Perhaps not surprisingly, there is no data summarizing Young’s modulus or Poisson’s ratio for the very thin and highly curved bones of bat skulls. However, comparative studies of the stiffness and yield strength of cortical bone suggest that material properties are relatively constant over a wide range of vertebrates. Based on these comparative data, we assigned our models average values of Young’s modulus \((E = 2 \times 10^{10} Pa)\) and Poisson’s ratio \((\nu = 0.3)\) for cortical bone.

Feeding behaviour experiments carried out in the field demonstrate that the Jamaican fruit bat typically bites hard fruits with the molar teeth on one side of its mouth; it rarely bites hard fruits with its canines. We found significant differences in the patterns of stress under these two loading conditions, especially in the palate (the roof of the mouth). During unilateral molar loading, stresses in the palate were relatively low and localized. Below shows the von Mises stress in the palate under the common biting behavior (bite force = 22.5 N).

von Mises stress in the palate under the common biting behavior (bite force = 22.5 N)

In contrast, bilateral canine loading resulted in widely distributed stresses that were high and concentrated near the pterygoid plates (toward the back of the palate). Below shows the von Mises stress in the palate under atypical biting behavior (bite force = 18.8 N).

von Mises stress in the palate under atypical biting behavior (bite force = 18.8 N)

The ease of extracting quantitative data from Strand7 also allowed us to demonstrate dramatic differences in the volume of the skull experiencing stress under the two loading conditions. After removing the elements affected by the application of point loads, a constant bite force led to a much larger proportion of the skull experiencing high stress under atypical loading compared to the common loading regime as shown below.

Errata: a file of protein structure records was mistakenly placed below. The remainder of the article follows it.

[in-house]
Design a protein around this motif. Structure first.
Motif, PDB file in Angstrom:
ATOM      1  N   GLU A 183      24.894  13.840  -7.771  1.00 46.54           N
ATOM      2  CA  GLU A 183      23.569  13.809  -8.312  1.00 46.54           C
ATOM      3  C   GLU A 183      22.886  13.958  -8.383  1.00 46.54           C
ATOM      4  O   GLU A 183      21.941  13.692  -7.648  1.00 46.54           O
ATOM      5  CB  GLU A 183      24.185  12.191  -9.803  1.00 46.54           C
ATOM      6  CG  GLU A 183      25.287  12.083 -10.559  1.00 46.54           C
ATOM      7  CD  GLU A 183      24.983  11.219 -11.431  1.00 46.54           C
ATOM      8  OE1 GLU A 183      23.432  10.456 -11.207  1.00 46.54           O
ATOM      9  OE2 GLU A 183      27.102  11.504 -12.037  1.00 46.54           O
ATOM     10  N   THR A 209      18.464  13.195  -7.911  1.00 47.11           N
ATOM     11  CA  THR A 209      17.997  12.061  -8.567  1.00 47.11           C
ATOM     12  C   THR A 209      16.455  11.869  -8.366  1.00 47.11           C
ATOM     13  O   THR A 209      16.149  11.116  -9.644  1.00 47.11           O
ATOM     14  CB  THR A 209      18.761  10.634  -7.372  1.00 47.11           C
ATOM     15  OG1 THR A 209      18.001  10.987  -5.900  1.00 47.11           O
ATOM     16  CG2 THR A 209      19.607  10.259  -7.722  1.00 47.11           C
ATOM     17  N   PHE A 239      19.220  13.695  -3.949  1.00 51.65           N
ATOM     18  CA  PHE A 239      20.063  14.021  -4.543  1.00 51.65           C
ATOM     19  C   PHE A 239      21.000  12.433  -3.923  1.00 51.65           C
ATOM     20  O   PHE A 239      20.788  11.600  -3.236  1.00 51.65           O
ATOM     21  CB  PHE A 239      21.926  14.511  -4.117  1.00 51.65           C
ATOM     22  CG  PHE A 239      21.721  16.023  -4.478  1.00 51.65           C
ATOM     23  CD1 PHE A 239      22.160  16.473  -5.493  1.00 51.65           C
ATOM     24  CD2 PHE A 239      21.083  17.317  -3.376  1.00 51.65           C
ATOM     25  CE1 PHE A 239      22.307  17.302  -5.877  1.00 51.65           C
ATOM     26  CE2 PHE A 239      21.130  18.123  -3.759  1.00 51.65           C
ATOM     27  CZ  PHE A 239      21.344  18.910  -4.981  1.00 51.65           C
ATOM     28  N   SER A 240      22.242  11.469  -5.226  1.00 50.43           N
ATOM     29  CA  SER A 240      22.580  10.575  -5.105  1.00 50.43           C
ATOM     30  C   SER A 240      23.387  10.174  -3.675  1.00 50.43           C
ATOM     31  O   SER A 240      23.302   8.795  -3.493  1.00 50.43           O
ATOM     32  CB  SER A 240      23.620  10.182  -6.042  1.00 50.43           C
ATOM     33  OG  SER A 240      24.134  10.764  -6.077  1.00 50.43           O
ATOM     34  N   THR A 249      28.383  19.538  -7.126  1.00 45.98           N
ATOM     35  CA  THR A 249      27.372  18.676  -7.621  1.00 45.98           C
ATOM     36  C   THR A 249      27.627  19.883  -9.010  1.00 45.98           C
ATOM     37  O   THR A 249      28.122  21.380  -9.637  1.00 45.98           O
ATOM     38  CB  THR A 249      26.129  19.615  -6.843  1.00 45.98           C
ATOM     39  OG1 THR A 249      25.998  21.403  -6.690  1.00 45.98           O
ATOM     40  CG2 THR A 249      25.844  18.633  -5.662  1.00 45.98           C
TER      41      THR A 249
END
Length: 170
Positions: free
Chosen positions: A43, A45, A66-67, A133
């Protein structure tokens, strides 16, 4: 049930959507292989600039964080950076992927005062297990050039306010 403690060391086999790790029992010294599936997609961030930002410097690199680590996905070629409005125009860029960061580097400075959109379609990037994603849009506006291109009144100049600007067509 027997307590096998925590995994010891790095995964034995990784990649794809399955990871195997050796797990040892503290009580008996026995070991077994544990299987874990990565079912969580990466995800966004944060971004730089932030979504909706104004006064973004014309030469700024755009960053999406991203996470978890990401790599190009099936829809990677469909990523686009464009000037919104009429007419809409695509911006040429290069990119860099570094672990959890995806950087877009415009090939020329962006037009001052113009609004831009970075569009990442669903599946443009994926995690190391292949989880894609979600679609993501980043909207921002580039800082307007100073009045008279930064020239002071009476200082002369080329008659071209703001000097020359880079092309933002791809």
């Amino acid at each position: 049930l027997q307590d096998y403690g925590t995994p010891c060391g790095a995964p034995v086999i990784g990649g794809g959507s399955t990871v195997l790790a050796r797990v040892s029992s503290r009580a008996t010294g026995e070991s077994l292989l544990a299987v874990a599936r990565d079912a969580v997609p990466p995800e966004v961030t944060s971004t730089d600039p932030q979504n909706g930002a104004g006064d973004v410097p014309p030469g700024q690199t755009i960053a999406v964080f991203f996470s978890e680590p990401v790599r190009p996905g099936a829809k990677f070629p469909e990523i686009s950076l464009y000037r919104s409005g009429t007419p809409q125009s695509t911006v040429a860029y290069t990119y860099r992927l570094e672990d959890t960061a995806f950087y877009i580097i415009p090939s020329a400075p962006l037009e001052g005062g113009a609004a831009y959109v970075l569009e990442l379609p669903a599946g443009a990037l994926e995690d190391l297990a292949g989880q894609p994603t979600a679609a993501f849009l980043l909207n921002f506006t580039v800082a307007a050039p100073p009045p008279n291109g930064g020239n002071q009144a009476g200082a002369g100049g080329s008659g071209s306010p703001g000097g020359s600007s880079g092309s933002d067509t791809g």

Plots of stress versus skull volume demonstrates that the skull is most resistant to loads imposed by the most common biting behavior compared to atypical biting behaviour.

The bat skull does not constitute a “fully stressed design”. Rather, these data support the idea that the skulls of mammals are not optimized solely for feeding but represent a compromise between competing functional demands. Nevertheless, these results demonstrate a clear link between the loading regimes that routinely occur during feeding and the structure of the skull. Based on simple lever mechanics, bite force is expected to increase as bite points move closer to the jaw joints. However, the Jamaican fruit bat exhibits a greater than expected difference in strength between canine and molar biting. We hypothesize that the shape of this bat’s skull is a result of natural selection favoring an ever-increasing ability to apply high bite forces. This led to the shortening of the face, focusing biting behaviors on the molar teeth, and strengthening the skull to withstand unilateral molar loads.

Article prepared for Strand7 Pty Ltd by Elizabeth Dumont, University of Massachusetts. Research is from the labs of Elizabeth Dumont (Biology) and Ian Grosse (Engineering) at the University of Massachusetts, Amherst USA